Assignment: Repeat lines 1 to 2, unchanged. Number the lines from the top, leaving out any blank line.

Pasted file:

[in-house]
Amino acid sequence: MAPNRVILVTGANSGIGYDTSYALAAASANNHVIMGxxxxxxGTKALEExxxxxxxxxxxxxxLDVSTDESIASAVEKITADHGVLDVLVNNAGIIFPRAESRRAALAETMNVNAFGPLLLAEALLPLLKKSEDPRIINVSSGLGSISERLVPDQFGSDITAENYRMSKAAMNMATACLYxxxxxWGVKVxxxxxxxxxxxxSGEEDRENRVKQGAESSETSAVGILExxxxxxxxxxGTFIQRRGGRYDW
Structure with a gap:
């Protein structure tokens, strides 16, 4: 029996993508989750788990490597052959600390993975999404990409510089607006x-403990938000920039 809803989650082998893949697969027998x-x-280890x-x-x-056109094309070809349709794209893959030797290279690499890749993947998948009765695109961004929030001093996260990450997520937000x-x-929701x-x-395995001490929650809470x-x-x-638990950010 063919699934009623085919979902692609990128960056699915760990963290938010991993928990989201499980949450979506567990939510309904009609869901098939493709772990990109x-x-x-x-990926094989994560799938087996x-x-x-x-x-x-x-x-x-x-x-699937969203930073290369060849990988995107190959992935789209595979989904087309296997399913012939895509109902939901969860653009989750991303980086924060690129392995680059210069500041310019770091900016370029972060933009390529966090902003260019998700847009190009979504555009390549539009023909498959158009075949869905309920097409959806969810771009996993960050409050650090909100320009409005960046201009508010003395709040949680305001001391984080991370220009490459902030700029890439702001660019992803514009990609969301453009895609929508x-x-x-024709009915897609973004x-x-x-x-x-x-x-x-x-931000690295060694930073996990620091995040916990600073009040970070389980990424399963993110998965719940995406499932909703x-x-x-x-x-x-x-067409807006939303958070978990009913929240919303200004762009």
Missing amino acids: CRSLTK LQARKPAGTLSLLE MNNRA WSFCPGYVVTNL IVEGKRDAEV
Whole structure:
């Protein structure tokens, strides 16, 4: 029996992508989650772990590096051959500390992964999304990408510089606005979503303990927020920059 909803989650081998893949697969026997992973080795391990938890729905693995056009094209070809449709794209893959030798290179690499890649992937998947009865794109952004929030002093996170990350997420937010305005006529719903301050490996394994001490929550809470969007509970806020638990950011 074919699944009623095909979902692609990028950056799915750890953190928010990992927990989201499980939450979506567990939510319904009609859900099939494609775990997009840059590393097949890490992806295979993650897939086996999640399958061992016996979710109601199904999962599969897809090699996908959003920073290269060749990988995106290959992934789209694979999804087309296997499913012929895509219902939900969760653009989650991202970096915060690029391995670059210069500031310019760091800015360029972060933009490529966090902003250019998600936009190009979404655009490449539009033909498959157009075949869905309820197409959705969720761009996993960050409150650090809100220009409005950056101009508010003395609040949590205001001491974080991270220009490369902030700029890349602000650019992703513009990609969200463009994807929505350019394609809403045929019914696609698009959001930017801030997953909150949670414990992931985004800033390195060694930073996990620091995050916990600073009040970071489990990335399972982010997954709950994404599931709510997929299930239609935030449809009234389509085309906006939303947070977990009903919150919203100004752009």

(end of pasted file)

[in-house]
Amino acid sequence: MAPNRVILVTGANSGIGYDTSYALAAASANNHVIMGxxxxxxGTKALEExxxxxxxxxxxxxxLDVSTDESIASAVEKITADHGVLDVLVNNAGIIFPRAESRRAALAETMNVNAFGPLLLAEALLPLLKKSEDPRIINVSSGLGSISERLVPDQFGSDITAENYRMSKAAMNMATACLYxxxxxWGVKVxxxxxxxxxxxxSGEEDRENRVKQGAESSETSAVGILExxxxxxxxxxGTFIQRRGGRYDW